Anyone who has been through detox for opioid use disorder (OUD) has had to stop using opioids for a period of time and likely experienced mild to moderate withdrawal symptoms and cravings before starting medication treatment.
Buprenorphine is one of the medications approved to treat OUD, both for detox and on-going treatment. Unfortunately, withdrawal symptoms can be very painful, and not all people can bear the physical discomfort between stopping opioid use and starting buprenorphine. This gap can be a barrier for buprenorphine treatment or result in a relapse.
However, there are approaches to treatment that can help your loved one wean off substances gradually. Developed in Switzerland, the Bernese Method allows your loved one to continue using their opioid of choice at first, while adding in small, increasing doses of buprenorphine at the same time. This gradual approach has led to promising results, as patients report the process to be more manageable and less overwhelming.
People undergoing treatment through the Bernese Method can continue using heroin, fentanyl, pain pills, etc., while also taking a low dose of buprenorphine. The initial buprenorphine dose is calculated to reduce the risk of withdrawal symptoms.
Over the course of several days or weeks, the dose of buprenorphine slowly increases. This slow and steady approach allows the individual’s system to adapt to the presence of buprenorphine.
In addition to buprenorphine, they may be given other medications to help with sleep, depression, anxiety or other concerns. Support in the form of individual and group counseling may also be offered. This holistic approach addresses the psychological and social aspects of opioid use disorder.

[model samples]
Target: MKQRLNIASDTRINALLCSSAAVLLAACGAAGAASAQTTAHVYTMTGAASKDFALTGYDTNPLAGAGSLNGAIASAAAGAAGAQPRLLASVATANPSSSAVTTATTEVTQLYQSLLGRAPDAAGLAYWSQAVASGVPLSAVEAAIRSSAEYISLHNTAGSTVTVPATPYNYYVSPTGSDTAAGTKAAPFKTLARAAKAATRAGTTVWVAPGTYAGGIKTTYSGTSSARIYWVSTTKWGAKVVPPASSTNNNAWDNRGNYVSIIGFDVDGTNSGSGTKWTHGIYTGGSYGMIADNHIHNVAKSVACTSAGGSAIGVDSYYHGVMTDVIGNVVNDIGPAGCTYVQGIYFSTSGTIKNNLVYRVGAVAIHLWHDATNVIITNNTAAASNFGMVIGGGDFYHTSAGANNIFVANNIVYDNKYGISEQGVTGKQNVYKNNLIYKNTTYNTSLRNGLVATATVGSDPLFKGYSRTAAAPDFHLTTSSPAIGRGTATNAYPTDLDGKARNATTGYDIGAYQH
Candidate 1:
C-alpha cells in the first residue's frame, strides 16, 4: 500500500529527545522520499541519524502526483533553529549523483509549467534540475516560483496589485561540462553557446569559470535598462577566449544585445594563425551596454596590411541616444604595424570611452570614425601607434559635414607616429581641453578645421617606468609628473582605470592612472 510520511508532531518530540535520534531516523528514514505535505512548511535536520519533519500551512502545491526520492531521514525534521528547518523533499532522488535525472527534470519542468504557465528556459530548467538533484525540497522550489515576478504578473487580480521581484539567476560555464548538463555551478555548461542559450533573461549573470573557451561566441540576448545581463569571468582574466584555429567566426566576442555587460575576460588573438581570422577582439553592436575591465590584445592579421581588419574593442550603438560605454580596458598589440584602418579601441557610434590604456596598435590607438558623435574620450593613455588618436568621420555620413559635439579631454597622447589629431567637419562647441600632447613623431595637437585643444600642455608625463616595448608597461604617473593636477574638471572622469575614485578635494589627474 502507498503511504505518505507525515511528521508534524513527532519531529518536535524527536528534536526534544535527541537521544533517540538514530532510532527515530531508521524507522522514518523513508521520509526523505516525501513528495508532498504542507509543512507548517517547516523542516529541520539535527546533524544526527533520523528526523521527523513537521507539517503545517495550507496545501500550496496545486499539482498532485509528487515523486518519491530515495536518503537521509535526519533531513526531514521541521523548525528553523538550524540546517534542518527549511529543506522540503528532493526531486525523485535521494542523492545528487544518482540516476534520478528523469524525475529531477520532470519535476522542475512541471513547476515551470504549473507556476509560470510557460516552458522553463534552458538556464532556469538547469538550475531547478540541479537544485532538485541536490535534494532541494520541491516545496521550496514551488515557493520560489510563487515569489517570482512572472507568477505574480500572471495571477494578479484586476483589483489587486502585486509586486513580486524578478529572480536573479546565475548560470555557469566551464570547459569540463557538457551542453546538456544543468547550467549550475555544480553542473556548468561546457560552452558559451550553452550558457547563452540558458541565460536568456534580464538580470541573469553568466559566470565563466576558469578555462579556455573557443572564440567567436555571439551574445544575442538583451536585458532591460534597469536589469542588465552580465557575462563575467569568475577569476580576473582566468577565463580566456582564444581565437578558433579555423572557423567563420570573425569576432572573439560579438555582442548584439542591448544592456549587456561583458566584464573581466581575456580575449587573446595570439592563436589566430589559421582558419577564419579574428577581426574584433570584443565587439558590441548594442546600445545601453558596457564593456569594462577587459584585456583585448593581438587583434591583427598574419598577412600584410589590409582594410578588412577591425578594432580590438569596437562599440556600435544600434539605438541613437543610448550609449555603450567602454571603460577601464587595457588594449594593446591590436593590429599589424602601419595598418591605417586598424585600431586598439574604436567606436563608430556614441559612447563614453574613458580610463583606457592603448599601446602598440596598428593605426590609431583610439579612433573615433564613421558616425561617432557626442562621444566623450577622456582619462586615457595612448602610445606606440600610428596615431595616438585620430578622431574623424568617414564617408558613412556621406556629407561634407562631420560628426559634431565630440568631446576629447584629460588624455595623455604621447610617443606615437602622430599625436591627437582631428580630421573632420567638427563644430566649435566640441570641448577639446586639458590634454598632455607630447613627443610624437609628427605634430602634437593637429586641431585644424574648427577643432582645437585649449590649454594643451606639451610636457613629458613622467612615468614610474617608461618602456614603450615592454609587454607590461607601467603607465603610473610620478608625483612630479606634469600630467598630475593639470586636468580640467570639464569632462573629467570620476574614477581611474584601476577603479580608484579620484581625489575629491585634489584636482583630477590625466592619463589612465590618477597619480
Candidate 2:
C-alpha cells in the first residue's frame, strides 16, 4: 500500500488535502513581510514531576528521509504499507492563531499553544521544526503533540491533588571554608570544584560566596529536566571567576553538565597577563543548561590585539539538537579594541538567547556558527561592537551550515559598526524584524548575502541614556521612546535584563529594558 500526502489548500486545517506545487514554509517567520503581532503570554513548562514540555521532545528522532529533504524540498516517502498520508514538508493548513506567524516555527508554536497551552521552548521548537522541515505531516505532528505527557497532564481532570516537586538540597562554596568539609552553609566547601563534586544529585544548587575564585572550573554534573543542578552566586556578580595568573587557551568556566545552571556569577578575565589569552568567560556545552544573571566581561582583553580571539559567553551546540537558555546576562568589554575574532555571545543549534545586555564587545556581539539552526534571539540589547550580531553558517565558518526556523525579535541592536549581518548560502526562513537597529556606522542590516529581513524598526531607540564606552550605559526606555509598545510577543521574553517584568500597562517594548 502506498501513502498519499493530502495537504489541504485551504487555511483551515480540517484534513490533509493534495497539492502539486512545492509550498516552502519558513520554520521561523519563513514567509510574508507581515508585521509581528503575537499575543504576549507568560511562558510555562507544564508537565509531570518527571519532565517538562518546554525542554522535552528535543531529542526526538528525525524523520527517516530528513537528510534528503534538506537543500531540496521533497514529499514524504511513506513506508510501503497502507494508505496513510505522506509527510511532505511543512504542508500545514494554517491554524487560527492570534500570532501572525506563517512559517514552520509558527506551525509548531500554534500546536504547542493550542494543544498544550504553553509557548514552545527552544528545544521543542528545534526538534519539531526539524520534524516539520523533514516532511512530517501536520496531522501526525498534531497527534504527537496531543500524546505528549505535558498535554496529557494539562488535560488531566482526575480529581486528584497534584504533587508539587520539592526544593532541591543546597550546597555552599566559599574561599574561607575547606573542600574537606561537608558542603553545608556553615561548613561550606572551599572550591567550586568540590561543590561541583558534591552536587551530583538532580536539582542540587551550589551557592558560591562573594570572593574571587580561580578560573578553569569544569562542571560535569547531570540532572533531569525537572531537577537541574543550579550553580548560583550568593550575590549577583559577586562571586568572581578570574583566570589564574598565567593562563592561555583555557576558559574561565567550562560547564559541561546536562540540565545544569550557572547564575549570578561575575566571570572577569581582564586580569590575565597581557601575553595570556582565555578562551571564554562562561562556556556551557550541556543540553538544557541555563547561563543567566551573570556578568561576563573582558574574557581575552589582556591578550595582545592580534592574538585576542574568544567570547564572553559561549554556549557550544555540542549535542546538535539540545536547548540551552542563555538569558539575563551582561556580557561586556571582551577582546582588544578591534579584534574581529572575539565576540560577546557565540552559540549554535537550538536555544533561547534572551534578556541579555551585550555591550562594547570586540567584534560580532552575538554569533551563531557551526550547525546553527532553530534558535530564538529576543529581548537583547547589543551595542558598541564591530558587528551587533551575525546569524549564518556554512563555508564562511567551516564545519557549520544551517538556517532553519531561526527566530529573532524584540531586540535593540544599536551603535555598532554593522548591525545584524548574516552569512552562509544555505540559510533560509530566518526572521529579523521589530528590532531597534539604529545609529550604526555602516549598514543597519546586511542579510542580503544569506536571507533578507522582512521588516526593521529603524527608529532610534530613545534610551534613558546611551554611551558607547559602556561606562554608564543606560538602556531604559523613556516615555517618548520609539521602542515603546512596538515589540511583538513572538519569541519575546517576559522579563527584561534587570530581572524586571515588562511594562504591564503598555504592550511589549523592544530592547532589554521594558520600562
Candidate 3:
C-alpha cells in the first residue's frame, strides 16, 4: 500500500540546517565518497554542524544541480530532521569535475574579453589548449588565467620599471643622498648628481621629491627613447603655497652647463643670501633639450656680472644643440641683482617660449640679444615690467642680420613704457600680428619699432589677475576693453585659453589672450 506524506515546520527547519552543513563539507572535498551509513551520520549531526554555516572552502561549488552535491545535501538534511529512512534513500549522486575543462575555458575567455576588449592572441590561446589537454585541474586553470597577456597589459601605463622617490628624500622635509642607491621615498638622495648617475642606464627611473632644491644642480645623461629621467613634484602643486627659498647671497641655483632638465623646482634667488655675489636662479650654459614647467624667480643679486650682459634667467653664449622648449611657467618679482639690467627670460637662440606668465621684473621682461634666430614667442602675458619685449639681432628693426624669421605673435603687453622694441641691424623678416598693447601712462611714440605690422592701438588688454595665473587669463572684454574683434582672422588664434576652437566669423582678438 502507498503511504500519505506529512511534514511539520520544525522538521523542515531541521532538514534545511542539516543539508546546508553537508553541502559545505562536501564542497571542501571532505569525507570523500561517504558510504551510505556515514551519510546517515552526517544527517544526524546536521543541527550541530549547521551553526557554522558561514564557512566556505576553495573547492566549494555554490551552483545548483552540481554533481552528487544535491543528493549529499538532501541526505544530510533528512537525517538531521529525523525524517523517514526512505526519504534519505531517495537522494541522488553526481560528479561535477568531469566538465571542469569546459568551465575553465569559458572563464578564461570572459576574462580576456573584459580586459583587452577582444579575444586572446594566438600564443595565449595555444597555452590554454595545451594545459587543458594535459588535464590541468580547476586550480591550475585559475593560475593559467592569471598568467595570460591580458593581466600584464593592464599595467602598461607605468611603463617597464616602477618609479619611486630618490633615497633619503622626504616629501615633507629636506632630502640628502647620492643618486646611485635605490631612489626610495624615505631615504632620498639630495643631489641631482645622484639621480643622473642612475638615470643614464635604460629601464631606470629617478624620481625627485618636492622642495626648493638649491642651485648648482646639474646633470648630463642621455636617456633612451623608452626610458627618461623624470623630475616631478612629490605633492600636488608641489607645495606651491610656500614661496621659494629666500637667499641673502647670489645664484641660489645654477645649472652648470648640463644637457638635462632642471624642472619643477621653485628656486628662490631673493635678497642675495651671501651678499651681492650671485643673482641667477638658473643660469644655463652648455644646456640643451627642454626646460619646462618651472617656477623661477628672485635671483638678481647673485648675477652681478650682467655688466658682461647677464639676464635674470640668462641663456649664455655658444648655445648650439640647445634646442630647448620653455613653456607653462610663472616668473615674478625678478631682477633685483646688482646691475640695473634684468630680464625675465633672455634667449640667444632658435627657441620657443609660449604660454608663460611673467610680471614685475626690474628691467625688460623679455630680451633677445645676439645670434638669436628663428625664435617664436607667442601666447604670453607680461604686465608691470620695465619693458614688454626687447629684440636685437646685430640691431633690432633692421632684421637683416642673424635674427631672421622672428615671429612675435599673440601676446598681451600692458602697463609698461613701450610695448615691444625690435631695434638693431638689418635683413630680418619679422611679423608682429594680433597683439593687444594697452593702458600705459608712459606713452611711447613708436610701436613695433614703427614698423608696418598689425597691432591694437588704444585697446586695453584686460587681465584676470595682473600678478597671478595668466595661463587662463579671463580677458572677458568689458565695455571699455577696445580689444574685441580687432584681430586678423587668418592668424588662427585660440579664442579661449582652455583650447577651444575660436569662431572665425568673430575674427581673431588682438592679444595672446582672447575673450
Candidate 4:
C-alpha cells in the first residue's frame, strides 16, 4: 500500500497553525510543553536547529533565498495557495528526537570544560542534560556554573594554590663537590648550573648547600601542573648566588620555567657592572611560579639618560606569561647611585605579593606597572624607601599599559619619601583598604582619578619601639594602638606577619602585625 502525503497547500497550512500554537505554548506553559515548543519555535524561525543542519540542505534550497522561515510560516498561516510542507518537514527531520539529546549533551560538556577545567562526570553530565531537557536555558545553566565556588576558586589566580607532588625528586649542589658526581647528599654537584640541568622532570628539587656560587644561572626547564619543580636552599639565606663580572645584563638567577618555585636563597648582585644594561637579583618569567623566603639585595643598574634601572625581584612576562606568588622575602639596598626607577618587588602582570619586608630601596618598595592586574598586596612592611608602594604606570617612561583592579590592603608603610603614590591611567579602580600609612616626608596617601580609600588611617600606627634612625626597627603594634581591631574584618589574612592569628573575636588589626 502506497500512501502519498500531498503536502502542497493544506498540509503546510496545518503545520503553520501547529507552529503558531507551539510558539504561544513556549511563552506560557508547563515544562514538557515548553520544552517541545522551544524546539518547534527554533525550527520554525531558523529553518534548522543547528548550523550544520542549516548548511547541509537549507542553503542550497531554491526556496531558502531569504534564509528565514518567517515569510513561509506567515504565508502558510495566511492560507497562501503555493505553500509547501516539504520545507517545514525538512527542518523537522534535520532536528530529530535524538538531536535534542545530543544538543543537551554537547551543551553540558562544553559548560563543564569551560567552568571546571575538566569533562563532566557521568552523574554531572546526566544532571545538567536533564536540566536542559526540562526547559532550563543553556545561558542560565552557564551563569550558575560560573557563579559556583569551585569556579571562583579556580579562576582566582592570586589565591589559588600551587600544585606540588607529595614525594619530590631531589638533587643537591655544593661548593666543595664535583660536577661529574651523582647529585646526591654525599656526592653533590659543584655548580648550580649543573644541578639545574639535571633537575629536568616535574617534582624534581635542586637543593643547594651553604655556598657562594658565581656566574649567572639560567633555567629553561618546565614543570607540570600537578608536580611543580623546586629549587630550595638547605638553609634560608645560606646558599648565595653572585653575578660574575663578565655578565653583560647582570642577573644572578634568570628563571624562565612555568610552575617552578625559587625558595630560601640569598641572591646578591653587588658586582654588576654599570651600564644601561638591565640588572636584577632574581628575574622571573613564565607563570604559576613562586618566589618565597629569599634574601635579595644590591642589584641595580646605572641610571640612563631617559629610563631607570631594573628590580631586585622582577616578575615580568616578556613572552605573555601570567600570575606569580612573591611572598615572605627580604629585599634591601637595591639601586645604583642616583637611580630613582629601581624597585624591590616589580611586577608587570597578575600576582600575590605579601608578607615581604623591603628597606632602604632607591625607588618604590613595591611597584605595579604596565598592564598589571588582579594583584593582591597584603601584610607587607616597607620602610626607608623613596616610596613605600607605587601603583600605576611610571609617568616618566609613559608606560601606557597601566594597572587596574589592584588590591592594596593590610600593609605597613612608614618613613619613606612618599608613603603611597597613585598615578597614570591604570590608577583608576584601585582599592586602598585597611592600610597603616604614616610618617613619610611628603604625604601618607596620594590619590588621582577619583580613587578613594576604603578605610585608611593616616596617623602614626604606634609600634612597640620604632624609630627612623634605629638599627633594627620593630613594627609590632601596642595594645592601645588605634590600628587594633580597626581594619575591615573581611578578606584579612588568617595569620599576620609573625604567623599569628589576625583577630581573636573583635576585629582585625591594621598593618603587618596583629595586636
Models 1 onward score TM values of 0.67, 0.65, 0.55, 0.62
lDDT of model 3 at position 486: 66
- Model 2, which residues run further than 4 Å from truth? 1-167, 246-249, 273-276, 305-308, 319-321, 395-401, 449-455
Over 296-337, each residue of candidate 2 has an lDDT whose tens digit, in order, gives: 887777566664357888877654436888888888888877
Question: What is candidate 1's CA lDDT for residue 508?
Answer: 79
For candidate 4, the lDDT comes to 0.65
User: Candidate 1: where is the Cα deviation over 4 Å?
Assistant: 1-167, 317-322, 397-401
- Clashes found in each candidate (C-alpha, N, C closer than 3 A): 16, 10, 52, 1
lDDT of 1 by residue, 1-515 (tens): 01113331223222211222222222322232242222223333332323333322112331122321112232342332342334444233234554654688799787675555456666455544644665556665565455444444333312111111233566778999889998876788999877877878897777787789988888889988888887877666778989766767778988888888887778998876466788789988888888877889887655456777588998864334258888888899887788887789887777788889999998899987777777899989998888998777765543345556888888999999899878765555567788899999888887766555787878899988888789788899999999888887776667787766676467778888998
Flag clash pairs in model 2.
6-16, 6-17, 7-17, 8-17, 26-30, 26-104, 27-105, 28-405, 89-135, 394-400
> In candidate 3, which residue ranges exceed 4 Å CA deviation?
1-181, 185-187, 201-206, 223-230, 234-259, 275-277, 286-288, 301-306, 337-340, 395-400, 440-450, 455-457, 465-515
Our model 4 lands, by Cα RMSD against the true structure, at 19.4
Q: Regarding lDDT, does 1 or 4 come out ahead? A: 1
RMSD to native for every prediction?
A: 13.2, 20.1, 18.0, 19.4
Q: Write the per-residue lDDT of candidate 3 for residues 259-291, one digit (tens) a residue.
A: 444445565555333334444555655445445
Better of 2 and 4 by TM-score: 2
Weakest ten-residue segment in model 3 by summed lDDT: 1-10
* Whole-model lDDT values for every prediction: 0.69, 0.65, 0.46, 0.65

As the dose of buprenorphine increases and your loved one’s reliance on their original opioid decreases, they can fully transition to buprenorphine. This means they stop using their opioid of choice and are stabilized on an optimal dose of buprenorphine. This is the dose that effectively manages cravings and withdrawal symptoms.
In addition to being an easier way to start buprenorphine treatment for some people, the Bernese Method can be done on an outpatient basis or at home. With the help of a buprenorphine prescriber, your loved one may benefit from the following suggestions:
Day 1: 0.5 mg once a day
Day 2: 0.5 mg twice a day
Day 3: 1 mg twice a day
Day 4: 2 mg twice a day
Day 5: 3 mg twice a day
Day 6: 4 mg twice a day
Day 7: 12 mg (stop other opioids while continuing buprenorphine daily)
Before starting the Bernese Method, your loved one must complete a thorough assessment of their medical history, substance use and overall health. This helps healthcare providers tailor the treatment plan to their specific needs.
If your loved one is interested in this approach, they can talk to their healthcare provider to put together a plan. Any healthcare professional with a DEA license can prescribe buprenorphine. Harm reduction organizations in your area may be able to give you referrals as well. You can find more information about harm reduction and medications to treat opioid use disorder on our website.